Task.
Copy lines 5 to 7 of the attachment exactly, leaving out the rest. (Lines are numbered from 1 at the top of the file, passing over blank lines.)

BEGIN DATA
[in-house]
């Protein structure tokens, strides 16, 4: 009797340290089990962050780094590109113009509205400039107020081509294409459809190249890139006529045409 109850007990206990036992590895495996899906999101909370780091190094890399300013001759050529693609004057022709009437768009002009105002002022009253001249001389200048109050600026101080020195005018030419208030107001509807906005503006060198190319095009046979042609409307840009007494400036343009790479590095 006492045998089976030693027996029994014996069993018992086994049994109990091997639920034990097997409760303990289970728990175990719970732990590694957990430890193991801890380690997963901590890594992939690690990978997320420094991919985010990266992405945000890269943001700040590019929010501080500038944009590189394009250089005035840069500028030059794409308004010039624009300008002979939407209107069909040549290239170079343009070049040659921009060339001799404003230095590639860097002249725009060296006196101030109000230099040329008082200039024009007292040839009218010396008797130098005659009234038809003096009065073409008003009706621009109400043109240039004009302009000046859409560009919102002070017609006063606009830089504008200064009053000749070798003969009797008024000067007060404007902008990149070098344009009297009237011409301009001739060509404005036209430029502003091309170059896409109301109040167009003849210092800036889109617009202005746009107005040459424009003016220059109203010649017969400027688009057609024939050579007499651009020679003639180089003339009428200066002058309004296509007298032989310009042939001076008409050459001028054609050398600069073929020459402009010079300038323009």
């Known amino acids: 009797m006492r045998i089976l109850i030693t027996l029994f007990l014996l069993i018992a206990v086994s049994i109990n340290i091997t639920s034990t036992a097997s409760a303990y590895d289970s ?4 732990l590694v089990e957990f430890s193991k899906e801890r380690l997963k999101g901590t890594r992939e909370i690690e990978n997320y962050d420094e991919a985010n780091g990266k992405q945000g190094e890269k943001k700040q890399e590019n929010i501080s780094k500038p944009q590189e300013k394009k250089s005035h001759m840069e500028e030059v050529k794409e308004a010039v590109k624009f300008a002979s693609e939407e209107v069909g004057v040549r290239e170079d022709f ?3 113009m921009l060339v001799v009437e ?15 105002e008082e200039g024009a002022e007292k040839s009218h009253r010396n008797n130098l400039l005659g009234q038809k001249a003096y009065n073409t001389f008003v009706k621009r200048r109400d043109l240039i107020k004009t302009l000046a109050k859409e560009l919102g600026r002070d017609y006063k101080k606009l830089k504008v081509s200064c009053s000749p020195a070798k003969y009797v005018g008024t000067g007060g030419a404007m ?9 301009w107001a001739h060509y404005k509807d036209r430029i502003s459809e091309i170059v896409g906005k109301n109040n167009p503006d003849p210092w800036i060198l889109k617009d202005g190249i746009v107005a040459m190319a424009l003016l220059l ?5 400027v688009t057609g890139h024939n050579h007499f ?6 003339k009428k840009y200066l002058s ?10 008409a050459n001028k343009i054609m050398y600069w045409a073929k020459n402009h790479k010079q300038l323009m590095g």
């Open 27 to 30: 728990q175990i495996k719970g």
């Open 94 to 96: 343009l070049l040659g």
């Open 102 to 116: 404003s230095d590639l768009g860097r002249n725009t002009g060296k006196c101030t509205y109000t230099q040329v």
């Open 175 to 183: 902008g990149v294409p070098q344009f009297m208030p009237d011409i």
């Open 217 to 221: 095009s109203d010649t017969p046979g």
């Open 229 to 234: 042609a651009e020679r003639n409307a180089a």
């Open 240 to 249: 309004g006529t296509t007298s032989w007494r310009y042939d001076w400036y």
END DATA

């Open 94 to 96: 343009l070049l040659g």
């Open 102 to 116: 404003s230095d590639l768009g860097r002249n725009t002009g060296k006196c101030t509205y109000t230099q040329v």
């Open 175 to 183: 902008g990149v294409p070098q344009f009297m208030p009237d011409i």